The Crush March 2023 - 1

Volume 49 | Issue 3 | March 2023
Article by Ted Rieger
An increase in the number and type of extreme weather
events are predicted as a result of climate change, and
these include low-temperature events with the potential
to cause crop and vine damage. The most common type
of low-temperature vine damage in California is from
late winter/early spring radiation frost events that occur
after bud break and commonly result in lower crop yields
at harvest. Below-freezing temperatures in April 2022 in
California after bud break resulted in lower harvests in
several locations, notably in the Clarksburg (District 17)
and the Sierra Foothills (District 10) AVAs that each had
35 percent less harvested tonnage than in 2021, based
on the 2022 Preliminary Grape Crush Report. Nearly all
winegrape varieties showed lower tonnages statewide
in 2022 compared with 2021, but earlier budding white
varieties such as chardonnay, riesling, and pinot gris
showed more significant reductions, likely in part, due to
spring frost damage.
Winter cold vine injury resulting in vine death, or crop
losses in subsequent growing seasons due to vine
damage, is more common in cold climate vineyards in
the U.S. and globally, rather than in California. However,
another type of vine cold injury event occurred recently
in the Lodi AVA and other Northern California vineyard
locations. Five days of overnight below-freezing
temperatures from November 8-12, 2020 occurred
post-harvest but before vines had reached winter/
cold season dormancy. This resulted in stunted and
restricted vine growth the following growing season
in Spring 2021 due to damaged vascular tissues, crop
losses, and lower yields in 2021. Younger and recently
planted vines are more susceptible to this type
of cold injury, but damage was also observed in
vineyards up to 20-years-old. More information on
this event and possible prevention/
mitigation can be found at: www. (see
2021 Spring issue).
Preventing and mitigating low-temperature vine injury
was a topic at recent regional grower meetings, and the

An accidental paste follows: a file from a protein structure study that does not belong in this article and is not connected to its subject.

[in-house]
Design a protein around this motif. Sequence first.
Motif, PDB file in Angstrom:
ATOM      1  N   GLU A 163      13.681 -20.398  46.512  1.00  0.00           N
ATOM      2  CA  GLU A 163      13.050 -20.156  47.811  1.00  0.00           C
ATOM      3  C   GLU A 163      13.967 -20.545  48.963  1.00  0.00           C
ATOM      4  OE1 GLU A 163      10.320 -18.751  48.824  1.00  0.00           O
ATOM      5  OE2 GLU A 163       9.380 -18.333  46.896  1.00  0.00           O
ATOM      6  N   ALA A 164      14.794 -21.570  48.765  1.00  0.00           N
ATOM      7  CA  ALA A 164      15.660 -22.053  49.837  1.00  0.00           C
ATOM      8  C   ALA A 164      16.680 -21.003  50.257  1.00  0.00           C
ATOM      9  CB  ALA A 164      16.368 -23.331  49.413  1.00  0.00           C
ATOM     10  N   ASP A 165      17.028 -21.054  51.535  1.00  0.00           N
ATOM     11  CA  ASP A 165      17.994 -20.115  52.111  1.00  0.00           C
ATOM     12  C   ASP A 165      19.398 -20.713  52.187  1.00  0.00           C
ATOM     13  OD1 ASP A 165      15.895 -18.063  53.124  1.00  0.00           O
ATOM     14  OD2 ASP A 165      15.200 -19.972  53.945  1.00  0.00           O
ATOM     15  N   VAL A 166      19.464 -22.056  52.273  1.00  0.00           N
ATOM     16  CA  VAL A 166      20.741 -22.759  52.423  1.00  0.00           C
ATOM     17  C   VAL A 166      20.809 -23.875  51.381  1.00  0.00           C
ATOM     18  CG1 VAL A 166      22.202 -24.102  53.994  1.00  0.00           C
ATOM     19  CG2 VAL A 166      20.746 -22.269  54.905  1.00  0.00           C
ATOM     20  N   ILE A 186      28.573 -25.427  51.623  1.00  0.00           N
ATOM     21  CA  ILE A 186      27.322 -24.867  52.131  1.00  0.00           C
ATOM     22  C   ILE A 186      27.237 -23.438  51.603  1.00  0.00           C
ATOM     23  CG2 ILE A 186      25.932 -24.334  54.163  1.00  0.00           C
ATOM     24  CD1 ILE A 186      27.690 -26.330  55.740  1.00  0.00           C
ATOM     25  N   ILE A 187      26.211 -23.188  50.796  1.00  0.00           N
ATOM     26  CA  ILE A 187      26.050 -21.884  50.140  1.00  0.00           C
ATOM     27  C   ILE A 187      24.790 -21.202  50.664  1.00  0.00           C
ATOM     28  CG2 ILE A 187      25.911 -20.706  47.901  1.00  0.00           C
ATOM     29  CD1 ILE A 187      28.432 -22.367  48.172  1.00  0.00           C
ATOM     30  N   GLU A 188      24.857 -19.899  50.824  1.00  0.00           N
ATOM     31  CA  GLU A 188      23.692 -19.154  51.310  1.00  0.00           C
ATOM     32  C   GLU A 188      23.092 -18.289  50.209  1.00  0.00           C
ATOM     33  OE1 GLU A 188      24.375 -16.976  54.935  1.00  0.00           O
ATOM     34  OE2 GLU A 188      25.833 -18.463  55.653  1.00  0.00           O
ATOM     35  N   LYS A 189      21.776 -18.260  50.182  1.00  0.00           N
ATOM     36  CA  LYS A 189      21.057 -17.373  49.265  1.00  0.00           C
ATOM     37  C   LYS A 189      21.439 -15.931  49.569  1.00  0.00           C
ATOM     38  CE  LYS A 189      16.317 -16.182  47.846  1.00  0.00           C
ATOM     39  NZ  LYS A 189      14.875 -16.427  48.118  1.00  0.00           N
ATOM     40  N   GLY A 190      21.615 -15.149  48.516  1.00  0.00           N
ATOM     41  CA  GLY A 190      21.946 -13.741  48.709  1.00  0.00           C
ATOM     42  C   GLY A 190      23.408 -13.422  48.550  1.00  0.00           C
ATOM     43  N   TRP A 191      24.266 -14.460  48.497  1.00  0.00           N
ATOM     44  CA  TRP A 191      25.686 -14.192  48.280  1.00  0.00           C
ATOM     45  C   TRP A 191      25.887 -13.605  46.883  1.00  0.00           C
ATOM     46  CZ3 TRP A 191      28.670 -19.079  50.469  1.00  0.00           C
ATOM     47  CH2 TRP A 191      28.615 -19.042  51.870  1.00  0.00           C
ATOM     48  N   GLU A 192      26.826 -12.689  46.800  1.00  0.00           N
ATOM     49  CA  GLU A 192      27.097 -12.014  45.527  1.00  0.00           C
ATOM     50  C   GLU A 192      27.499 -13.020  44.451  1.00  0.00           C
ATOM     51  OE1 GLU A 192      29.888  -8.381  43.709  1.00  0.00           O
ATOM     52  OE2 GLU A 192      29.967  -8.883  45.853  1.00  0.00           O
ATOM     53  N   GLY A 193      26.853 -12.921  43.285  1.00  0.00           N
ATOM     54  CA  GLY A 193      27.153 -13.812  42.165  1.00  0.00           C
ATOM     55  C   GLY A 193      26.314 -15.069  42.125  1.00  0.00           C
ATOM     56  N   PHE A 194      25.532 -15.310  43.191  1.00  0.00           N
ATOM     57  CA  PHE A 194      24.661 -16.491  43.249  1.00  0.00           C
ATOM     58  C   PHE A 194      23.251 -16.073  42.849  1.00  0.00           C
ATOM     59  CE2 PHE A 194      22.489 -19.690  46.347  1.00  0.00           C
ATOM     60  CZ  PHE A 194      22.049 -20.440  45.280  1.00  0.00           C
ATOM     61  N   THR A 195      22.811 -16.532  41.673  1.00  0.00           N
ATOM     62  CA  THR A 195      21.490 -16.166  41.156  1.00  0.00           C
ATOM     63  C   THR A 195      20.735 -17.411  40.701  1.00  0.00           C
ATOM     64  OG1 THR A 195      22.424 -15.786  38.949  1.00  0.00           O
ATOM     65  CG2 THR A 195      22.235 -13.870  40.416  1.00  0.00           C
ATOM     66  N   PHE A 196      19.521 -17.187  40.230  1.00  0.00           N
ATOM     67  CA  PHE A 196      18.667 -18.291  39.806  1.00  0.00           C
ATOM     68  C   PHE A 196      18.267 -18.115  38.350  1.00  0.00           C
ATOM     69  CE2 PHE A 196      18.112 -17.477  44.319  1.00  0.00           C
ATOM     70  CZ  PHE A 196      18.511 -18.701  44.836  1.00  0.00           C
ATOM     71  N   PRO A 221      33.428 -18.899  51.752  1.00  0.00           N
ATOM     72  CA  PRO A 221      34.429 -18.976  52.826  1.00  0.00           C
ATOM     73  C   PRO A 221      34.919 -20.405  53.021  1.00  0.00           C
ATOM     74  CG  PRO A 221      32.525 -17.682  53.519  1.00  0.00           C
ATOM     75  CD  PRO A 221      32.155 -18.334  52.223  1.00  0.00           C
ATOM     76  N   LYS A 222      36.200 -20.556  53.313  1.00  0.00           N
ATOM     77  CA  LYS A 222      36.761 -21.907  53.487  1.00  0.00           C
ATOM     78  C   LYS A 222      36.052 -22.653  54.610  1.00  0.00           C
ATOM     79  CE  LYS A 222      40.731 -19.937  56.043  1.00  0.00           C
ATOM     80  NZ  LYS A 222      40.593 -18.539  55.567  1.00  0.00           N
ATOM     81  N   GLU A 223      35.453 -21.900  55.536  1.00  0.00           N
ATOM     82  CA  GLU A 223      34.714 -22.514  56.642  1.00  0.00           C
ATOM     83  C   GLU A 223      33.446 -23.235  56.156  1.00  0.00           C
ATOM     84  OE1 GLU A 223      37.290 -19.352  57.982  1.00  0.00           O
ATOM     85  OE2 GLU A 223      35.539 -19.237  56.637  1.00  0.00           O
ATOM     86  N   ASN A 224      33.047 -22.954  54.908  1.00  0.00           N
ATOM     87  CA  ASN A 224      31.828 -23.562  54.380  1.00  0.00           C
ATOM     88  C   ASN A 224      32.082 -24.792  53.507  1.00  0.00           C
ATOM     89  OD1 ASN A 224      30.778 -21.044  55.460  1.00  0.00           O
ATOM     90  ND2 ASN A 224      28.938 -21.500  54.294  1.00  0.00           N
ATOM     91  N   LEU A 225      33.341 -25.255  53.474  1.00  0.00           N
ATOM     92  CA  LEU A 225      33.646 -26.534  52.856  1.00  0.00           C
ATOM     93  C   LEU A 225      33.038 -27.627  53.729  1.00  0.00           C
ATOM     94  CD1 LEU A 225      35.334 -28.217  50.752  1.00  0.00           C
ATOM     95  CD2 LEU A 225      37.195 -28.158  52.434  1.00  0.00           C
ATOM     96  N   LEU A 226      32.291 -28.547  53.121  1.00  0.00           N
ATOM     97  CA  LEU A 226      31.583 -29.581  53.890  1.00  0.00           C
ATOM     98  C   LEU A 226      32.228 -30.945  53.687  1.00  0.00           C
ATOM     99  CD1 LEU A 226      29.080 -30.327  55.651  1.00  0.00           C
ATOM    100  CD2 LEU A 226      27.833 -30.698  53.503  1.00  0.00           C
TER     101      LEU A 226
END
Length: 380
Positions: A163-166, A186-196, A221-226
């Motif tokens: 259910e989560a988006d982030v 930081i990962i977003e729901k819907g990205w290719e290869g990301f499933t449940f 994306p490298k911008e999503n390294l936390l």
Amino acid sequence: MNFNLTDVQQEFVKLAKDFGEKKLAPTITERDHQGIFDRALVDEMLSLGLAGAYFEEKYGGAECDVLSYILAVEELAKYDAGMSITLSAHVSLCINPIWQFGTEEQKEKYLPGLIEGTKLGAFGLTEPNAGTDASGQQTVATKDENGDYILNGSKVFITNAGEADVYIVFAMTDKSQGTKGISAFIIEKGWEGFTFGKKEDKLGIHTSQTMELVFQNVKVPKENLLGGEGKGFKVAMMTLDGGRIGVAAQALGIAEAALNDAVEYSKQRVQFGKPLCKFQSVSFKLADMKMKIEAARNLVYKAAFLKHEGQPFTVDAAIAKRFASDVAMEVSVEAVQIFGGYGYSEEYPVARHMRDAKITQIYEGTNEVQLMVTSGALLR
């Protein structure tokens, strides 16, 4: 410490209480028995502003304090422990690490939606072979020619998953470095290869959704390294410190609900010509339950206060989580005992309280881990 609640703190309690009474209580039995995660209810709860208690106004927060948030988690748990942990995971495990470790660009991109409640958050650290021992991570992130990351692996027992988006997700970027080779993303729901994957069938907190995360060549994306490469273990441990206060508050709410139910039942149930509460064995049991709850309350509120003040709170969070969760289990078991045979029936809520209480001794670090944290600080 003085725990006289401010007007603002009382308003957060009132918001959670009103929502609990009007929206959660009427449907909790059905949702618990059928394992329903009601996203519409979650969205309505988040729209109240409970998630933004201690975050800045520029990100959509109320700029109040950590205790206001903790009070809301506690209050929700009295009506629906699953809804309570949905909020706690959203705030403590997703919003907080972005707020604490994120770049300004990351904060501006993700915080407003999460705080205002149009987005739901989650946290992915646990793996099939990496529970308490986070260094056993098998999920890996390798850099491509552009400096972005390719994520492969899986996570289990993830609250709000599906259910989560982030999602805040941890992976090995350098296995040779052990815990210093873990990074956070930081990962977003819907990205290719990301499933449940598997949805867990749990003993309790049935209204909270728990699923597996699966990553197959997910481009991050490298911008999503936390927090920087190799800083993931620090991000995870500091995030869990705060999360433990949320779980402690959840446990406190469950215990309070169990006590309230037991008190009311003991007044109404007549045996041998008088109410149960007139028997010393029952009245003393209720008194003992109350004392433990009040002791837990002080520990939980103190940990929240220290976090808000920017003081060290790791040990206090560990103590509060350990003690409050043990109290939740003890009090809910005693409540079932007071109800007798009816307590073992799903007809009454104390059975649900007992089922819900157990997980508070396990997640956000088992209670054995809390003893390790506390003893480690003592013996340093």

subject of a session at the 2023 Unified Wine & Grape
Symposium that featured information and experiences
from growers in California, Oregon, and Washington.
Viticulture Professor Markus Keller of Washington State
University in Prosser emphasized the importance of
vineyard location and site characteristics in relation to
cold temperature. " Cold air is heavy, it drains down
slopes and pools in draws, so it is best to avoid planting
in risky sites, " Keller said.
Site factors presenting frost risk are low-lying and
wind-sheltered areas where cold air can pool without
adequate drainage. During vineyard development,
grading can reduce areas of cold air pockets. Also, be
aware of obstructions that can block cold air drainage
such as trees/vegetation, hedgerows, fences, buildings,
etc., and avoid planting vines nearby or remove the
obstructions. During a presentation at the 2023 Lodi
Grape Day in February, UC Cooperative Extension
(UCCE) San Joaquin County Viticulture Farm Advisor
Napa Valley vineyards experienced low snow fall and freezing
temperatures in early 2023

The Crush March 2023

Table of Contents for the Digital Edition of The Crush March 2023

The Crush March 2023 - 1
The Crush March 2023 - 2
The Crush March 2023 - 3
The Crush March 2023 - 4
The Crush March 2023 - 5
The Crush March 2023 - 6
The Crush March 2023 - 7
The Crush March 2023 - 8
The Crush March 2023 - 9
The Crush March 2023 - 10
The Crush March 2023 - 11
The Crush March 2023 - 12